wife to go to Salinas and live with him. We are satisfied that the facts of this case bring it within the rule announced by Mr. Justice McFarland in the case of Driscoll v. Cable Railway Company, 97 Cal. 553, 32 Pac. 591, 33 Am. St. Rep. 203: "When a jury catches at a mere semblance or pretense of evidence for the purpose of somewhat equalizing financial conditions by taking money from one party and giving it to the other without legal cause, the trial judge should, without hesitation, set the verdict aside; and, in the event of his not doing so, this court will grant a new trial." In our opinion there was no evidence of desertion, without which the verdict was unwarranted. The mere fact that the husband without his wife's knowledge had gone to an adjoining county where he had remained for a périod of seven days is not sufficient to establish desertion within the meaning of the statute. It was his right to select the home, and it was the duty of the wife to have gone to him when he sent her the money with which to come. The verdict in this case seems to have been rendered upon what, at most, is "a mere semblance of evidence." The court should have granted a new trial. The judgment and order are reversed, and cause remanded for a new trial.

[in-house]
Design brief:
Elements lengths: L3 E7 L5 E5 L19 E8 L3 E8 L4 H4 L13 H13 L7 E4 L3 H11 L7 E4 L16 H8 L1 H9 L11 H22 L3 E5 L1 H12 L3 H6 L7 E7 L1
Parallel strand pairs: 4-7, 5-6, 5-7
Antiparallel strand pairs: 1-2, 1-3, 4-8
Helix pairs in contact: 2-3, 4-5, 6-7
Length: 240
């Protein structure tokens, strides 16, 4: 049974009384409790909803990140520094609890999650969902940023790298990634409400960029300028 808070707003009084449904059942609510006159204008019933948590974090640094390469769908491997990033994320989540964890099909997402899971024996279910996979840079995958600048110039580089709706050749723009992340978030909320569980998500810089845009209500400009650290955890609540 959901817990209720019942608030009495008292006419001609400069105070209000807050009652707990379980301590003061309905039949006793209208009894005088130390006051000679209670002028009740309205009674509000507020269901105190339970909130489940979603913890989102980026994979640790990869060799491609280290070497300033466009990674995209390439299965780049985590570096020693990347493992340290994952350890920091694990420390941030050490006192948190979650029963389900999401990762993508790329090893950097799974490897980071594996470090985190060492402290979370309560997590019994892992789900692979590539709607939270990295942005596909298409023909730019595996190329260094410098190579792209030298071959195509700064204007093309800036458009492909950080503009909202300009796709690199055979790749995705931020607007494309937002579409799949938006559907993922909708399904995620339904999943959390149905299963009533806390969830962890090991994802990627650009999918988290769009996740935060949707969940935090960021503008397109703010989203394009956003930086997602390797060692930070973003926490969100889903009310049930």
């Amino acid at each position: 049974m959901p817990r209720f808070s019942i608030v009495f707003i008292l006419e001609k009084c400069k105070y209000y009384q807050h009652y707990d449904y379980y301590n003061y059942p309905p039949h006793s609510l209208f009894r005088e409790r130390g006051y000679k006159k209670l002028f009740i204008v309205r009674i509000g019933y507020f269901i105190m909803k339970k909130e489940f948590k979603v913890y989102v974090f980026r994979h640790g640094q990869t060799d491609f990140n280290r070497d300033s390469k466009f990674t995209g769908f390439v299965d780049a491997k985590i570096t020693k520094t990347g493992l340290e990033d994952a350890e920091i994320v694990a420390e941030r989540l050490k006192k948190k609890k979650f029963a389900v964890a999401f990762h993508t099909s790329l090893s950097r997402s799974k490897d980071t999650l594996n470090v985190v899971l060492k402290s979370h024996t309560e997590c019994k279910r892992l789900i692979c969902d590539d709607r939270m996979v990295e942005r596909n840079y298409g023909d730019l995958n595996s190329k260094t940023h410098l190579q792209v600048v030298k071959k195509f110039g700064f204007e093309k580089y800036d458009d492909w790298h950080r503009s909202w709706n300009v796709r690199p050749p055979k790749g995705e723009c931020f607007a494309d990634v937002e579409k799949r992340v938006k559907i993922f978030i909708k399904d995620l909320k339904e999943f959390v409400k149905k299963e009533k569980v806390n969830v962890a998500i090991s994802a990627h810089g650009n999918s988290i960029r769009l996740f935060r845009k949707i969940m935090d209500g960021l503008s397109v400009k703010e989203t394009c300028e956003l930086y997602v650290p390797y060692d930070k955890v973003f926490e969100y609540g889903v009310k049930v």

(6 Cal. App. 80)

STOWER v. KAMPHEFNER. (Civ. 350.) (Court of Appeal, Second District, California. July 8, 1907.)


1. PARTNERSHIP DISSOLUTION TER OF ASSETS-FINDINGS. Where, in a proceeding for the dissolution of a partnership, the referee's report found that the assets at the date of the report consisted of "unsold personal property, wagon scales, barn, two tanks, one coalhouse, one oilhouse," the report sufficiently found that the oilhouse, coalhouse, and barn were personal property.


Where a referee's report in proceedings for the dissolution of a firm purported to cover all its assets, but did not include any interest in land on which certain buildings belonging to the firm were located, it was immaterial that the court failed to find what interest, if any, the firm had in the lands.


A store building occupied by a firm was destroyed by fire in June, 1903, at which time the walls of the building belonged to the firm. A referee's report in dissolution proceedings failed to include the walls of the building as a part of the assets, but showed that a valuation had been placed thereon, and that defendant had been charged with "building" at the amount of such valuation. Held sufficient to justify a presumption on appeal that the walls had been legally disposed of, and that the proceeds had been applied in reduction of liabilities. 4. PARTNERSHIP DISSOLUTION - ACCOUNTING-FINDINGS DESCRIPTION OF REAL ES